Pakistan is a society in transition in more ways than one: politically it is still trying to find its place in the democratic nations of the world; economically it is taking steps to move closer to a market-based economy; and socially it is nurturing a more liberal and just society by reining in the religious extremists. In the aftermath of 9/11 stress has been on educational reform in a number of areas including – updating curriculum, improving access to schooling and developing teacher education. Teacher as the agent of reform is slowly gaining currency in Pakistan. The Institute for Educational Development (IED), which started working under the aegis of the Aga Khan University in 1993, is well placed to be in the vanguard of this educational change and reconstruction. IED offers a two-year Masters programme in Teacher Education and shorter in-service programmes which include, among many others, an eight-week Certificate in Education programme in curricular subjects such as science and mathematics. This book chapter discusses how this in-service programme1 serves to reconstruct teachers’ ideas about science from “a collection of facts” to an inquiry-based subject. The conception of science as evolving, tentative and not as “truth” for all time, has implications for the society at large which generally considers knowledge to be fixed and “true”. The in-service programme is also very innovative in the ways in which it endeavors to bridge the theory-practice gap. Some research studies conducted on the efficacy of this reform initiative will also be discussed.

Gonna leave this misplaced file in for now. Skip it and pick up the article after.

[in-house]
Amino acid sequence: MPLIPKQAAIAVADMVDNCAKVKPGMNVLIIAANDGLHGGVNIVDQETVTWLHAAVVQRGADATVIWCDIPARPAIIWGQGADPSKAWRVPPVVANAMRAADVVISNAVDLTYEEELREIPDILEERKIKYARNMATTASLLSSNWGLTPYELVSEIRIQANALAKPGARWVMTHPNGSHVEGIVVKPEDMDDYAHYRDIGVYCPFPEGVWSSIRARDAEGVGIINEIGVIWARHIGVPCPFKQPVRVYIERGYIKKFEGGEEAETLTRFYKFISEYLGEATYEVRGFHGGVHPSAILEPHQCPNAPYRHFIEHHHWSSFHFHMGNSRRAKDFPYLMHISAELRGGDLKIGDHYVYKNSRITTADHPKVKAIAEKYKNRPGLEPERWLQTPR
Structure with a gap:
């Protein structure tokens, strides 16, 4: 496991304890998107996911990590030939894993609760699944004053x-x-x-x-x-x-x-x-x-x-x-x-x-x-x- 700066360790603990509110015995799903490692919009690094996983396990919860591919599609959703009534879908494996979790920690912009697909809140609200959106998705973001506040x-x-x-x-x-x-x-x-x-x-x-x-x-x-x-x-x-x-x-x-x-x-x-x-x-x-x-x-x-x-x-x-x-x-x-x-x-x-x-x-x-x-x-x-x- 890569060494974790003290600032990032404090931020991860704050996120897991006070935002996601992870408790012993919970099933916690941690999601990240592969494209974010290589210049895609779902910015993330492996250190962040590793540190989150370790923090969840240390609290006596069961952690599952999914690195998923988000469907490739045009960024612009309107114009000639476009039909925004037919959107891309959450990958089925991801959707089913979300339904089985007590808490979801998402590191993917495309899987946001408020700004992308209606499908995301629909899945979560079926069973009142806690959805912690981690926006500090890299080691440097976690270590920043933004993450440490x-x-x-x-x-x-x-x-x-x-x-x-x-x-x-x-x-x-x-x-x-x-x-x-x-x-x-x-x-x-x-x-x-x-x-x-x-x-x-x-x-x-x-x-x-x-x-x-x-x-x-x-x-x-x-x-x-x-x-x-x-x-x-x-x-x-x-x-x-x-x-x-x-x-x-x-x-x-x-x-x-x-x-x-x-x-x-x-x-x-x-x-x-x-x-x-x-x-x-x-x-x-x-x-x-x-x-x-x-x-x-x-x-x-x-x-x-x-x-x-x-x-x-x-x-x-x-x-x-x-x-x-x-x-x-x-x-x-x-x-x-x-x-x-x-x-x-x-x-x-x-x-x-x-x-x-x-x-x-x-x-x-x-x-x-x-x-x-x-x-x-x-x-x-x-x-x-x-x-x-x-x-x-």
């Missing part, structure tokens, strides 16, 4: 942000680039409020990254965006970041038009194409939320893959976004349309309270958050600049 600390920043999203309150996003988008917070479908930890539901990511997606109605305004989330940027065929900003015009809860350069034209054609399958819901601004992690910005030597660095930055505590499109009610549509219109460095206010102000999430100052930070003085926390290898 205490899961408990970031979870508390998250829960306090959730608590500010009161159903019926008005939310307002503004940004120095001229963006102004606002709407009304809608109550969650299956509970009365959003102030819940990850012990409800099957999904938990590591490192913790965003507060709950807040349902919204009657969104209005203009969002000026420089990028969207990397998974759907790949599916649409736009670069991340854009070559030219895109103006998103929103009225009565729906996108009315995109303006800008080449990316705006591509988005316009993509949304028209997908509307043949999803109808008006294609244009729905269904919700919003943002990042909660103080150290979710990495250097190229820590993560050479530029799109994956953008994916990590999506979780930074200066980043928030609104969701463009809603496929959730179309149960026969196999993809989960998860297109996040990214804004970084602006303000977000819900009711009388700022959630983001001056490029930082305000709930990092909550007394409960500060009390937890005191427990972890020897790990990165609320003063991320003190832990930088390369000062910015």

Halai, N. (2006). Reconceptualising the professional development of in-service science teachers in Pakistan. In J. Earnest & D. F. Treagust (Eds.), Education reform in societies in transition: International perspectives (pp. 159-172). Rotterdam: Sense Publishers.